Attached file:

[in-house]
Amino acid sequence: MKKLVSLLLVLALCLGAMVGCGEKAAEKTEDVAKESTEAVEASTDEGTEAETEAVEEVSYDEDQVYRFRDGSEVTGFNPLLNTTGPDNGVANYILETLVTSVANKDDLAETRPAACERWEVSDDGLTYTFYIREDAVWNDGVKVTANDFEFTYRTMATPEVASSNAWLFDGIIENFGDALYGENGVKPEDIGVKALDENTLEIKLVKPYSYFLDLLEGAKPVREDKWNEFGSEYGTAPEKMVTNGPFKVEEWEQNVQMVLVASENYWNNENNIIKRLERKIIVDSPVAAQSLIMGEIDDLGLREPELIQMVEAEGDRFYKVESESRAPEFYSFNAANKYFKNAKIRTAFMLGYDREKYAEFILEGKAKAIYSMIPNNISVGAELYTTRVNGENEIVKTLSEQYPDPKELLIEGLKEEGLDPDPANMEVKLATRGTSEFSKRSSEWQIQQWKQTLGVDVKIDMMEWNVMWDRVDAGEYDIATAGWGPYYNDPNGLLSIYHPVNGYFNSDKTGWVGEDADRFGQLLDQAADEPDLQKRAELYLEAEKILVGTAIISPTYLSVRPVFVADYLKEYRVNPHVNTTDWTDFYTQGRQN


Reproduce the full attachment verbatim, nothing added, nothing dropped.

[in-house]
Amino acid sequence: MKKLVSLLLVLALCLGAMVGCGEKAAEKTEDVAKESTEAVEASTDEGTEAETEAVEEVSYDEDQVYRFRDGSEVTGFNPLLNTTGPDNGVANYILETLVTSVANKDDLAETRPAACERWEVSDDGLTYTFYIREDAVWNDGVKVTANDFEFTYRTMATPEVASSNAWLFDGIIENFGDALYGENGVKPEDIGVKALDENTLEIKLVKPYSYFLDLLEGAKPVREDKWNEFGSEYGTAPEKMVTNGPFKVEEWEQNVQMVLVASENYWNNENNIIKRLERKIIVDSPVAAQSLIMGEIDDLGLREPELIQMVEAEGDRFYKVESESRAPEFYSFNAANKYFKNAKIRTAFMLGYDREKYAEFILEGKAKAIYSMIPNNISVGAELYTTRVNGENEIVKTLSEQYPDPKELLIEGLKEEGLDPDPANMEVKLATRGTSEFSKRSSEWQIQQWKQTLGVDVKIDMMEWNVMWDRVDAGEYDIATAGWGPYYNDPNGLLSIYHPVNGYFNSDKTGWVGEDADRFGQLLDQAADEPDLQKRAELYLEAEKILVGTAIISPTYLSVRPVFVADYLKEYRVNPHVNTTDWTDFYTQGRQN